Alice M. Rivlin - According to your former Treasury secretary, Paul O'Neill, Vice President Dick Cheney believes that "deficits don't matter." Do you agree with the vice president? If so, why promise to cut the deficit in half in your next term? If not, what dangers do you think large sustained deficits pose for our economy? Do you worry about burdening your daughters and their children with rapidly growing federal debt and interest payments?
Alice, I have expressed that deficits matter, and I have expressed that I intend to halve the deficit over the next four years. It is not always bad to have a deficit - sometimes it is necessary to stimulate the economy, and sometimes it is the necessary result of national emergency, sometimes both. And that's what we faced after 9/11. But I have consistently advocated for eliminating the deficit.
Alice M. Rivlin - You say that you want to allow young workers to put part of their Social Security taxes into personal accounts. They could invest these accounts in stocks or bonds and leave them to their heirs. At the same time, you promise not to reduce scheduled benefits for current and soon-to-be retirees. But taxes paid by working people are used to pay benefits to current retirees. If the taxes paid by younger workers are diverted to their personal accounts, where will the money come from to pay those benefits? Would you try to borrow the additional money (estimated to be at least $1 trillion)? Would you take money from other programs? Would you raise taxes?
Alice, obviously the plan would be for a savings program that also permits Social Security to continue to self-fund. That would not require any new taxes or debt.
Alice M. Rivlin - In a recent open letter, 169 economists and business school professors, including 56 professors from Harvard Business School, your alma mater, sharply criticized your economic policies. They said your proposals for Social Security and making the tax cuts permanent "only promise to exacerbate the crisis" and that "your tax policy has exacerbated the problem of inequality in the United States." Do you dismiss these critics as uninformed? If not, what would you say to persuade them they are wrong?
Alice, if you have ever tried to have a discussion with a group of economists, you would know that they rely upon theoretical models, and they frequently disagree over the most basic of economic projections, and it just so happens that they disagree with this Administration's economic advisers. For every fifty six economists who are adamant that their projections are 100% right, there are countless others who are just as certain that they are 100% wrong. The classic joke about an economist, stuck at a bottom of a hole, is that his solution for escaping is "first, we assume a ladder". With all due respect to Harvard's economists, life gets more complicated outside the ivory tower.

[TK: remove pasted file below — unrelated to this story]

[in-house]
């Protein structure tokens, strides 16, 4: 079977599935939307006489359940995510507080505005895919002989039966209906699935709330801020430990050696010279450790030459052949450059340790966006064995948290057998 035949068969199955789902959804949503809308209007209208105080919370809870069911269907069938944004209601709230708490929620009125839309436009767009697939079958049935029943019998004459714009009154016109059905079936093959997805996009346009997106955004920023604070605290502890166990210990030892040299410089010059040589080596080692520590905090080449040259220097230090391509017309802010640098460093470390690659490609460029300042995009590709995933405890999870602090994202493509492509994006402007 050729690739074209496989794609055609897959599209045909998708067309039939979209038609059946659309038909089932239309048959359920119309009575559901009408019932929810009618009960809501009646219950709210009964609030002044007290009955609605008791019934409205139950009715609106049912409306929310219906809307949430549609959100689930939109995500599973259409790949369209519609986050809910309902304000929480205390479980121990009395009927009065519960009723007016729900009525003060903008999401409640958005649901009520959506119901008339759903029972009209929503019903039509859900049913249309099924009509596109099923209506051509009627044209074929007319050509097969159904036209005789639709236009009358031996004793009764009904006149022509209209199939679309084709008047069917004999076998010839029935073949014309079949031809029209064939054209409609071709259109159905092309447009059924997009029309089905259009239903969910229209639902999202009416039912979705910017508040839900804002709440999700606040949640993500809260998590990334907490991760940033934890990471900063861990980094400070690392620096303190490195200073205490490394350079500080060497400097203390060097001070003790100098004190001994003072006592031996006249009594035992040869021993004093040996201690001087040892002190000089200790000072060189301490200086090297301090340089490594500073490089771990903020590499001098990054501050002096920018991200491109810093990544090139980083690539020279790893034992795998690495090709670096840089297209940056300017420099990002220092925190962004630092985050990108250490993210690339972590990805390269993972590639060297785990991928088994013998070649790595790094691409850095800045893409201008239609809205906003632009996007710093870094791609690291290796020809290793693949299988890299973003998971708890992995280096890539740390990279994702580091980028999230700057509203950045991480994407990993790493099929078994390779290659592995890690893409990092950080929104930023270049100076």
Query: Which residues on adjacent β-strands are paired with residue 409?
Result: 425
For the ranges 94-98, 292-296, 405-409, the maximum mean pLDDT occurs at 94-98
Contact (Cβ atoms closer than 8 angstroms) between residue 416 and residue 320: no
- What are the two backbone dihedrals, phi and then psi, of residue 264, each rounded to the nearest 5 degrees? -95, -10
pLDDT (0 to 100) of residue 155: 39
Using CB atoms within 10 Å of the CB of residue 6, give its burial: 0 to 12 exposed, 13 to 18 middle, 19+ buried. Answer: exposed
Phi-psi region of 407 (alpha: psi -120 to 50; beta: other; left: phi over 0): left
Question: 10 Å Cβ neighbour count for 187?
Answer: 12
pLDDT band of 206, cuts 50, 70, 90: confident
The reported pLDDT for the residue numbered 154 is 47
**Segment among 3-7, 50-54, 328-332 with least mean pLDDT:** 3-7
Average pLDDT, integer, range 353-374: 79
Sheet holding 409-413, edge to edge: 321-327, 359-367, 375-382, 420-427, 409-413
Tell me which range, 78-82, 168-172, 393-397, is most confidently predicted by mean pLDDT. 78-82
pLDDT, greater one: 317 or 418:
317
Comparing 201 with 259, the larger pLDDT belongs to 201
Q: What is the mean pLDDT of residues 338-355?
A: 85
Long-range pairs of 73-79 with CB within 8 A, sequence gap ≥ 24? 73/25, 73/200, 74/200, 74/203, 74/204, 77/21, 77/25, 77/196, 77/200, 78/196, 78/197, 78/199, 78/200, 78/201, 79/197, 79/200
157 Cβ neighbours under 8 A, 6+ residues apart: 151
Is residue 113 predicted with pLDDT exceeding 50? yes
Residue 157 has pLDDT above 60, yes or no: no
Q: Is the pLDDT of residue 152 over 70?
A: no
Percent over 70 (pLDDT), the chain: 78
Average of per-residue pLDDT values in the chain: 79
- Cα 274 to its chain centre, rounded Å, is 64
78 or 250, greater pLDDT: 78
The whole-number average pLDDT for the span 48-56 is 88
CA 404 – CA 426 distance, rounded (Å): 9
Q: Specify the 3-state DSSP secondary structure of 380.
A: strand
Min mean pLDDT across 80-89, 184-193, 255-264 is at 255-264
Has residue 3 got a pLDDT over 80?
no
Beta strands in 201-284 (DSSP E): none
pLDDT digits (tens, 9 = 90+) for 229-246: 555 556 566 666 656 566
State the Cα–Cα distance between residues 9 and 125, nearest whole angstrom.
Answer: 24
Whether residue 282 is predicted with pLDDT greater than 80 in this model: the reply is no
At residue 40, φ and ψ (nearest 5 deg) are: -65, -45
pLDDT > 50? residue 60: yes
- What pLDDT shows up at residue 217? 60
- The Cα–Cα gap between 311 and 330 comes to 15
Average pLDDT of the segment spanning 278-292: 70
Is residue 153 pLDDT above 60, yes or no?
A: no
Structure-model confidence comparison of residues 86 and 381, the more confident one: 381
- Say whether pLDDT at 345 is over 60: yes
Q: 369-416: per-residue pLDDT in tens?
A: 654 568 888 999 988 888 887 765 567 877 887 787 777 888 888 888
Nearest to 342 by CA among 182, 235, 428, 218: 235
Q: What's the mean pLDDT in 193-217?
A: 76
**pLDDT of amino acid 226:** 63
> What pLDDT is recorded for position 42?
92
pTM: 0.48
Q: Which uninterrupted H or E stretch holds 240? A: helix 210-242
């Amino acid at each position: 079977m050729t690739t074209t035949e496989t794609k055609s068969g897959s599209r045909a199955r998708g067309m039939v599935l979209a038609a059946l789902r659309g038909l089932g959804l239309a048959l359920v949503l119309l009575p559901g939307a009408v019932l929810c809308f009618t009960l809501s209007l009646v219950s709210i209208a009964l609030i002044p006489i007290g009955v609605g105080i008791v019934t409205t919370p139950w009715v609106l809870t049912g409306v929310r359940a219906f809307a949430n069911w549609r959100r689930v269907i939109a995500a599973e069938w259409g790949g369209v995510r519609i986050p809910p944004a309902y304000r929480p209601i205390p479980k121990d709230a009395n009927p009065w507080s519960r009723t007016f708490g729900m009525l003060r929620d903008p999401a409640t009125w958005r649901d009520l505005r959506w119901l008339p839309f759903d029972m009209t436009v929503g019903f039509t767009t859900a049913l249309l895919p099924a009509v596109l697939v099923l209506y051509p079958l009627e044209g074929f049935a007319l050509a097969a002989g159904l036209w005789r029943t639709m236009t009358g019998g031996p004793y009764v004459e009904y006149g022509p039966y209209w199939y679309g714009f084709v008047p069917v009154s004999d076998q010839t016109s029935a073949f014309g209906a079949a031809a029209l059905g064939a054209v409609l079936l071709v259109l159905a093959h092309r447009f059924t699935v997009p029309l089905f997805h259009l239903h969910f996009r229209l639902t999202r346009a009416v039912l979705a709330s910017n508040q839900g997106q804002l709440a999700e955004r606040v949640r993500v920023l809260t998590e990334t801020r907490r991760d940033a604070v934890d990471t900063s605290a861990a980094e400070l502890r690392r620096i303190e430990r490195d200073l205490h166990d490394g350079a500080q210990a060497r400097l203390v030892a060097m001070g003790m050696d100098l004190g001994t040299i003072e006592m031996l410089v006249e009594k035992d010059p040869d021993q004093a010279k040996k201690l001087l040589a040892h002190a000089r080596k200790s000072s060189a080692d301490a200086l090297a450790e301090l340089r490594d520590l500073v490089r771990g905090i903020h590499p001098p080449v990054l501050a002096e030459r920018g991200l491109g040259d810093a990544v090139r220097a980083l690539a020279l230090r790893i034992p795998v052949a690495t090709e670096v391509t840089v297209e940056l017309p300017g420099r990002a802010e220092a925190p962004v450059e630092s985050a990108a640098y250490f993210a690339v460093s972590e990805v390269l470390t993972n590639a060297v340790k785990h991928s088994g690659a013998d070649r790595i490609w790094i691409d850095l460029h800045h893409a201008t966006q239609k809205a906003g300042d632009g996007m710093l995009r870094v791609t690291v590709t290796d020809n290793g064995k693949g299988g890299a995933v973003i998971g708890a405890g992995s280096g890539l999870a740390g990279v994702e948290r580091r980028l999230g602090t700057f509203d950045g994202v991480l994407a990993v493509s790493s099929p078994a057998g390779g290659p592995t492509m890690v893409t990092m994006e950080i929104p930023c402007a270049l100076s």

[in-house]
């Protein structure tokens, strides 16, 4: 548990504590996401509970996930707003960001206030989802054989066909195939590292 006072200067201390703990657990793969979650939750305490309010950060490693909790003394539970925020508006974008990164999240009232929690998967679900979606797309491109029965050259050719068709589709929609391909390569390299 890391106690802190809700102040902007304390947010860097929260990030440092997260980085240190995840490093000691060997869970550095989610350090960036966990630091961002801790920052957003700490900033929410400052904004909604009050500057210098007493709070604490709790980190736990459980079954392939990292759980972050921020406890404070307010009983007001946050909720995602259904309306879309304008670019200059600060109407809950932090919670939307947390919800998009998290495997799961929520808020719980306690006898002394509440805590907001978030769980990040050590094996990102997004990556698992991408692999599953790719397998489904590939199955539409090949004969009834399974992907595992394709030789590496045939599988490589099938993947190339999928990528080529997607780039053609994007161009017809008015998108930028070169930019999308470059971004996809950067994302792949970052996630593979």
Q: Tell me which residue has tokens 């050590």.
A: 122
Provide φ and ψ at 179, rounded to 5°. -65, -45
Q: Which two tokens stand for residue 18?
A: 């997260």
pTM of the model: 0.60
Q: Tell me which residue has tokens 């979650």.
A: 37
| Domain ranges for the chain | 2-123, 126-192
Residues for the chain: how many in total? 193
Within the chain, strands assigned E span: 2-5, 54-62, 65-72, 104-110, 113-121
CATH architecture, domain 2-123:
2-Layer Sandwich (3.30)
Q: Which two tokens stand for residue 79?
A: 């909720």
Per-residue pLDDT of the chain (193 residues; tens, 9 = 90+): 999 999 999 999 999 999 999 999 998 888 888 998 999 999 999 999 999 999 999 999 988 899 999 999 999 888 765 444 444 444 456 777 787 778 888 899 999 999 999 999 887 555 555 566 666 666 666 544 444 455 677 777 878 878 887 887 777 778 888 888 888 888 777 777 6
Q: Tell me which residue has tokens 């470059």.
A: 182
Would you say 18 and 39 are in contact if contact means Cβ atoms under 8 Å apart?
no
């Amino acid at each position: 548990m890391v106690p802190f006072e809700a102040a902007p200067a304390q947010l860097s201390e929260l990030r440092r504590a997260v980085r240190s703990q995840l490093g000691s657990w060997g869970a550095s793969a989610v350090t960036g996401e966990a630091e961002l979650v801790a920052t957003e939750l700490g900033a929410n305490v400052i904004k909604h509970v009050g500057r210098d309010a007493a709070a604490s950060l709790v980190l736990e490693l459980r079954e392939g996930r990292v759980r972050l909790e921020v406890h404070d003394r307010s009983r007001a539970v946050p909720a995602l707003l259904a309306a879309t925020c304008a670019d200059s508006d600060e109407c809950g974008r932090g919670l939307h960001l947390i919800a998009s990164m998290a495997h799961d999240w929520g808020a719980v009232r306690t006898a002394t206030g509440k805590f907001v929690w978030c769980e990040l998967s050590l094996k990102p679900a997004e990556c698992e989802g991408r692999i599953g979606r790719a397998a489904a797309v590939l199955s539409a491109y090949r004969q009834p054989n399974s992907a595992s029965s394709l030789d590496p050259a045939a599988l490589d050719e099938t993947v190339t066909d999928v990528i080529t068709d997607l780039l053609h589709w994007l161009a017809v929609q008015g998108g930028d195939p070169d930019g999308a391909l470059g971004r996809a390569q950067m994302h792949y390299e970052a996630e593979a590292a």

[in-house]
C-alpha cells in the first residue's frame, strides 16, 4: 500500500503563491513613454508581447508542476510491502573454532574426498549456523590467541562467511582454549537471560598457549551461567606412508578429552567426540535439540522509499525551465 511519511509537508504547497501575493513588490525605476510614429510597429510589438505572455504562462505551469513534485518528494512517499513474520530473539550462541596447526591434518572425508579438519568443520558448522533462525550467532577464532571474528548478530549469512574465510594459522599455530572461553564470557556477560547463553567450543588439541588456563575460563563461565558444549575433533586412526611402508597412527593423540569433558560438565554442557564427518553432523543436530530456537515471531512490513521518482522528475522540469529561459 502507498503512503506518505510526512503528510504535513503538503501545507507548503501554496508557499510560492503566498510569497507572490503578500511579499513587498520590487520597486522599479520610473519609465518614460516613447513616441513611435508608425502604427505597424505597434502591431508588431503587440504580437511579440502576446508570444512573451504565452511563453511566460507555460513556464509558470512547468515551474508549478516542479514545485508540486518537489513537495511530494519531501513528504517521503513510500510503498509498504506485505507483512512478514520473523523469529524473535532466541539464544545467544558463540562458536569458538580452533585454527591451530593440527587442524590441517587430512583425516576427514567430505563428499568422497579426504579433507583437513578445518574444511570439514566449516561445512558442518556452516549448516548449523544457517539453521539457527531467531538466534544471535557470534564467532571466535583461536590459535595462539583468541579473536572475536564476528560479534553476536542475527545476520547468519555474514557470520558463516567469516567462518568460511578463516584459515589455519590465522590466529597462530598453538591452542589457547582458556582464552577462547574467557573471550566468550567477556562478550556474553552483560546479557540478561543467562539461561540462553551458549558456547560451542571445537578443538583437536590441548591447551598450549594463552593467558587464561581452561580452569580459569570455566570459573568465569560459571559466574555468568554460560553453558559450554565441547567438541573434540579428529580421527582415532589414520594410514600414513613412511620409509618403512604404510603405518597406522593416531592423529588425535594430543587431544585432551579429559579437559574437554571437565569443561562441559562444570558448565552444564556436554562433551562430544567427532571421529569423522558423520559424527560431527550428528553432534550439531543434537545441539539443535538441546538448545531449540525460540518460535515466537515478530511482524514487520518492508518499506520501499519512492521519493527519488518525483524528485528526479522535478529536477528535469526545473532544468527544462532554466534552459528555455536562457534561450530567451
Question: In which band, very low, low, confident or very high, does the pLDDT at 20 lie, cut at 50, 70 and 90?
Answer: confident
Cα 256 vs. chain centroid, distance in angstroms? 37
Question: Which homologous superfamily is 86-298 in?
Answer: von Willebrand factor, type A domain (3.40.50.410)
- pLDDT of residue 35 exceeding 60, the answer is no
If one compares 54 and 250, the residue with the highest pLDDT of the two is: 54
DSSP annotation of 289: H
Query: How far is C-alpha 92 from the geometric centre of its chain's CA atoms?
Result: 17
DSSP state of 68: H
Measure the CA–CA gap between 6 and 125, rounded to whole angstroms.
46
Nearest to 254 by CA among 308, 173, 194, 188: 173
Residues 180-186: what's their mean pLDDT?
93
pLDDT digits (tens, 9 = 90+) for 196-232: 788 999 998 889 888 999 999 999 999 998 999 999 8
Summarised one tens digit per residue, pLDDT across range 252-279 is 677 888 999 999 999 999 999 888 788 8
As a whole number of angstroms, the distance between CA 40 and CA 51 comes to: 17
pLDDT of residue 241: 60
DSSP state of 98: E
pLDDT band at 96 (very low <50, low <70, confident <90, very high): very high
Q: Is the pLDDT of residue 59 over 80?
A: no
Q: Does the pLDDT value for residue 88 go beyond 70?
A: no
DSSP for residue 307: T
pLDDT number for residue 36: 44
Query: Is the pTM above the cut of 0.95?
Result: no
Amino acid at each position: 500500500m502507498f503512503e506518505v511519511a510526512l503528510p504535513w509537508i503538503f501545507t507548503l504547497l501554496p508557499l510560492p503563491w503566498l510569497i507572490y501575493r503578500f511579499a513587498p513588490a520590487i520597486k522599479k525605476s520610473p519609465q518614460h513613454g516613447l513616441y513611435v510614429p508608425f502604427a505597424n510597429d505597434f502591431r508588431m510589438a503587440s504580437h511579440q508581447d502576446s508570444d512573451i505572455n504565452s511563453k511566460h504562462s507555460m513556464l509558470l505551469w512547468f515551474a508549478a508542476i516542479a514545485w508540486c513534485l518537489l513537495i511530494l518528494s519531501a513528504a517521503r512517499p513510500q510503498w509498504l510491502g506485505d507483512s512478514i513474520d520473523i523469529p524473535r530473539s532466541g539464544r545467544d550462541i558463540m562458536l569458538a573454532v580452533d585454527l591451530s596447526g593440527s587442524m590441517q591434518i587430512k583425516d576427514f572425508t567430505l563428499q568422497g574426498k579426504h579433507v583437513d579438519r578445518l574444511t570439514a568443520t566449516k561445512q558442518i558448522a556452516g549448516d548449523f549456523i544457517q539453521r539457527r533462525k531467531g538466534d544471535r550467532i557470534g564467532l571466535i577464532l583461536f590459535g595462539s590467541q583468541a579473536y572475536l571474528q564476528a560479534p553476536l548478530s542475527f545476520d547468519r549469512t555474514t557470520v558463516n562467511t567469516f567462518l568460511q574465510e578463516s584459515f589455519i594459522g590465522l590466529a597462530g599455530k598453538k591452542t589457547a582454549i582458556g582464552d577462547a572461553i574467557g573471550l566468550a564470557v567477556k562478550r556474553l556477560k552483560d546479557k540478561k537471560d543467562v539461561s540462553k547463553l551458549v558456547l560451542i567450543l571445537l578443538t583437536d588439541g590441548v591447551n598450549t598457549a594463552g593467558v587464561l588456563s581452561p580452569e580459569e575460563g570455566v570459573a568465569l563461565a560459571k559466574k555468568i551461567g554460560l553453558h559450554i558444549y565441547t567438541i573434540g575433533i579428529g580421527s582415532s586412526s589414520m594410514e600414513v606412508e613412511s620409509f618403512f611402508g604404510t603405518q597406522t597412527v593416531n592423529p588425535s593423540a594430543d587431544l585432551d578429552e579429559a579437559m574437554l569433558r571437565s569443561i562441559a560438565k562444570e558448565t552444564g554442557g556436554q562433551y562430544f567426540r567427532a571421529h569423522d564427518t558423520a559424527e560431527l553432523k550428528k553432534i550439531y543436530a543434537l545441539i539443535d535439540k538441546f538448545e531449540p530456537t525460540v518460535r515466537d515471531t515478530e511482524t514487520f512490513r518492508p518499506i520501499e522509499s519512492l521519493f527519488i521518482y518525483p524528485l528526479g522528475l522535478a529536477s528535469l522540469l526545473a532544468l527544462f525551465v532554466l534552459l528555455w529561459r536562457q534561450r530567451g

Alan Ehrenhalt - As a candidate in 2000, you argued in favor of compassionate conservatism and a restoration of decency and moderation to the national government. Those of us who voted for you took this seriously. But your personal demeanor as president has been belligerent and dismissive of virtually anyone who opposes your policies. You state flatly that anyone who is not with you is against you, and at least imply that disagreement is equivalent to disloyalty. You refuse to admit making mistakes, even when it is obvious that you made them. You all but invite attacks on the country with "bring it on" taunting that makes you sound more like a gang leader than a responsible head of state. What happened to your promise of compassion? Have you concluded that moderation and decency are not useful qualities in a president?
How can I respond to your question without first observing that, as you caricature and misrepresent my statements and record, you engage in the very conduct you are supposedly criticizing me for having done. I have already addressed the compassion my Administration seeks to bring, and I am sorry that it is not the welfare state you want. There we disagree, and there, presumably, despite all evidence of the failures of the welfare state, you will stick adamantly and without reflection to your desire for the expansion of the failed welfare state. Moderation and decency are very useful qualities in a President. But adhering to a failed welfare policy is not moderate, is not decent, and is just plain wrong.
Alan Ehrenhalt - When you were governor of Texas, you complained about the long list of mandates that Washington was imposing on the states without supplying the money to pay for them. You criticized the Republican Congress for ignoring legitimate state complaints. "Mandates are mandates, regardless of the philosophical bent of the person doing the mandating," you said in May 1998. "It starts at the White House." But your administration has imposed billions of dollars in mandates without even a pretense of offering sufficient money for states to meet them. Did your concern for fairness to Texas and the 49 other state governments simply evaporate when you moved into the White House?
Alan, I am not sure what you are trying to criticize. You don't appear to have a problem with unfunded mandates, just the fact that I have in the past criticized them. I think if you had a problem with any particular mandate I have created, or had evidence that it was unfunded, you would have presented it as an example. The usual example people bring up of a supposedly "unfunded" mandate is "No Child Left Behind". Yet that Act brought billions of dollars of federal revenue to the states. While you seem to think that we can tax and spend, tax and spend without regard to consequences, we face real world budget constraints. You surely aren't proposing that we eliminate "No Child Left Behind", so are you asking me to raise taxes? People who want to pay more taxes already know who to vote for, and it's not me.

2 comments:

  1. Has no one told Charles Murray his fifteen minutes are up?!

    ReplyDelete
  2. Perhaps somebody should tell the New York Times....

    ReplyDelete